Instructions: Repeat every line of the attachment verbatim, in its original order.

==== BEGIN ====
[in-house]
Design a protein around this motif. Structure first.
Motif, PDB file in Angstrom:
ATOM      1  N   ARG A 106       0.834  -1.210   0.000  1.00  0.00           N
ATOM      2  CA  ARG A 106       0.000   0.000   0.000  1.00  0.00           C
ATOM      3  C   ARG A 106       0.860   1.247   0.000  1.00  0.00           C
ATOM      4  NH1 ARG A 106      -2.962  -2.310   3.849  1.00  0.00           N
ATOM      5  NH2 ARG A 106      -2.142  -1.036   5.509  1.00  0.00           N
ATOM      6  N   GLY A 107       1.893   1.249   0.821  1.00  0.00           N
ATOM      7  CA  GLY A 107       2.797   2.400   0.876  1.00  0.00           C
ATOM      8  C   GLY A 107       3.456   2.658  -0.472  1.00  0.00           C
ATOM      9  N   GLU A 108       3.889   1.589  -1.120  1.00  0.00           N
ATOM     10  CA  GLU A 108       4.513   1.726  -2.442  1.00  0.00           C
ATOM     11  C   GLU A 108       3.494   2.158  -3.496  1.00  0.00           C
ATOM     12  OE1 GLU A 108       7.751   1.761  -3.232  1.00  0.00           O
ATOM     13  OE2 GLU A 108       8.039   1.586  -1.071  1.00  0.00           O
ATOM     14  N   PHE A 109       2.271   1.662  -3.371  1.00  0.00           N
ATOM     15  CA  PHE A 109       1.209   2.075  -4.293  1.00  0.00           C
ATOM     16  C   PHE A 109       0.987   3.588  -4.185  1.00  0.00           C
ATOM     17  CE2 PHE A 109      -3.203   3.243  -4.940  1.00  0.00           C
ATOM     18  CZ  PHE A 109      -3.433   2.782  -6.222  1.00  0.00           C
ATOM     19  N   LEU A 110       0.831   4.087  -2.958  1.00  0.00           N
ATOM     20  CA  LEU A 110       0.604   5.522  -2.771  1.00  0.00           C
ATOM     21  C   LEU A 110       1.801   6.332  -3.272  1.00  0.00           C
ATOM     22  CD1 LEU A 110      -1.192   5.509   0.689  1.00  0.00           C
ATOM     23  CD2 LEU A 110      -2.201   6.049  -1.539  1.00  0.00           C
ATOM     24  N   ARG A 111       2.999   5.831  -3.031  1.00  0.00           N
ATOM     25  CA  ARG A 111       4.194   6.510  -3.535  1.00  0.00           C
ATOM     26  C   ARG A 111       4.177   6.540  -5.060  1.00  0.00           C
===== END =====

[in-house]
Design a protein around this motif. Structure first.
Motif, PDB file in Angstrom:
ATOM      1  N   ARG A 106       0.834  -1.210   0.000  1.00  0.00           N
ATOM      2  CA  ARG A 106       0.000   0.000   0.000  1.00  0.00           C
ATOM      3  C   ARG A 106       0.860   1.247   0.000  1.00  0.00           C
ATOM      4  NH1 ARG A 106      -2.962  -2.310   3.849  1.00  0.00           N
ATOM      5  NH2 ARG A 106      -2.142  -1.036   5.509  1.00  0.00           N
ATOM      6  N   GLY A 107       1.893   1.249   0.821  1.00  0.00           N
ATOM      7  CA  GLY A 107       2.797   2.400   0.876  1.00  0.00           C
ATOM      8  C   GLY A 107       3.456   2.658  -0.472  1.00  0.00           C
ATOM      9  N   GLU A 108       3.889   1.589  -1.120  1.00  0.00           N
ATOM     10  CA  GLU A 108       4.513   1.726  -2.442  1.00  0.00           C
ATOM     11  C   GLU A 108       3.494   2.158  -3.496  1.00  0.00           C
ATOM     12  OE1 GLU A 108       7.751   1.761  -3.232  1.00  0.00           O
ATOM     13  OE2 GLU A 108       8.039   1.586  -1.071  1.00  0.00           O
ATOM     14  N   PHE A 109       2.271   1.662  -3.371  1.00  0.00           N
ATOM     15  CA  PHE A 109       1.209   2.075  -4.293  1.00  0.00           C
ATOM     16  C   PHE A 109       0.987   3.588  -4.185  1.00  0.00           C
ATOM     17  CE2 PHE A 109      -3.203   3.243  -4.940  1.00  0.00           C
ATOM     18  CZ  PHE A 109      -3.433   2.782  -6.222  1.00  0.00           C
ATOM     19  N   LEU A 110       0.831   4.087  -2.958  1.00  0.00           N
ATOM     20  CA  LEU A 110       0.604   5.522  -2.771  1.00  0.00           C
ATOM     21  C   LEU A 110       1.801   6.332  -3.272  1.00  0.00           C
ATOM     22  CD1 LEU A 110      -1.192   5.509   0.689  1.00  0.00           C
ATOM     23  CD2 LEU A 110      -2.201   6.049  -1.539  1.00  0.00           C
ATOM     24  N   ARG A 111       2.999   5.831  -3.031  1.00  0.00           N
ATOM     25  CA  ARG A 111       4.194   6.510  -3.535  1.00  0.00           C
ATOM     26  C   ARG A 111       4.177   6.540  -5.060  1.00  0.00           C